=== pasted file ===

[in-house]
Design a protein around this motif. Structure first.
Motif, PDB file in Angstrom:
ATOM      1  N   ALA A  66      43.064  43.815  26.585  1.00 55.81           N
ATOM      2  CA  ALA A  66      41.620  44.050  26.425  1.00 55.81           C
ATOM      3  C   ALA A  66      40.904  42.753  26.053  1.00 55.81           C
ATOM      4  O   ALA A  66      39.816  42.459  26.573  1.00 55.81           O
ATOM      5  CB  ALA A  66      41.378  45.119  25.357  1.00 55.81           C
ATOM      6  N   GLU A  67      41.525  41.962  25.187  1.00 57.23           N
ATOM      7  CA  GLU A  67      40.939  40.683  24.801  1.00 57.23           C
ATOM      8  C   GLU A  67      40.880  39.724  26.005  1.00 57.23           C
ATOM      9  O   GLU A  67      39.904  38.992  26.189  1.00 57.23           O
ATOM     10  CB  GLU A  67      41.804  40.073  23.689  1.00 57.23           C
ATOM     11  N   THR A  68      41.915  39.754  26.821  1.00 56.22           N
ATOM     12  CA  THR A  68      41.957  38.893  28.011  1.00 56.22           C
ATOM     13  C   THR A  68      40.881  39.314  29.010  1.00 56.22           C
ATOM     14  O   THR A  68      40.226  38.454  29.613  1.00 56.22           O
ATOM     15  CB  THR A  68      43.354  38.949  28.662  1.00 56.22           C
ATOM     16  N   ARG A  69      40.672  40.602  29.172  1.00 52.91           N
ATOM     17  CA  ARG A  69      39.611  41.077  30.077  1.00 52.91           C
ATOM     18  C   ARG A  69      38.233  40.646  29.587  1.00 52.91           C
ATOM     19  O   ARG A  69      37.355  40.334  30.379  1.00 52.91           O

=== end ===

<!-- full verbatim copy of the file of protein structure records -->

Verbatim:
[in-house]
Design a protein around this motif. Structure first.
Motif, PDB file in Angstrom:
ATOM      1  N   ALA A  66      43.064  43.815  26.585  1.00 55.81           N
ATOM      2  CA  ALA A  66      41.620  44.050  26.425  1.00 55.81           C
ATOM      3  C   ALA A  66      40.904  42.753  26.053  1.00 55.81           C
ATOM      4  O   ALA A  66      39.816  42.459  26.573  1.00 55.81           O
ATOM      5  CB  ALA A  66      41.378  45.119  25.357  1.00 55.81           C
ATOM      6  N   GLU A  67      41.525  41.962  25.187  1.00 57.23           N
ATOM      7  CA  GLU A  67      40.939  40.683  24.801  1.00 57.23           C
ATOM      8  C   GLU A  67      40.880  39.724  26.005  1.00 57.23           C
ATOM      9  O   GLU A  67      39.904  38.992  26.189  1.00 57.23           O
ATOM     10  CB  GLU A  67      41.804  40.073  23.689  1.00 57.23           C
ATOM     11  N   THR A  68      41.915  39.754  26.821  1.00 56.22           N
ATOM     12  CA  THR A  68      41.957  38.893  28.011  1.00 56.22           C
ATOM     13  C   THR A  68      40.881  39.314  29.010  1.00 56.22           C
ATOM     14  O   THR A  68      40.226  38.454  29.613  1.00 56.22           O
ATOM     15  CB  THR A  68      43.354  38.949  28.662  1.00 56.22           C
ATOM     16  N   ARG A  69      40.672  40.602  29.172  1.00 52.91           N
ATOM     17  CA  ARG A  69      39.611  41.077  30.077  1.00 52.91           C
ATOM     18  C   ARG A  69      38.233  40.646  29.587  1.00 52.91           C
ATOM     19  O   ARG A  69      37.355  40.334  30.379  1.00 52.91           O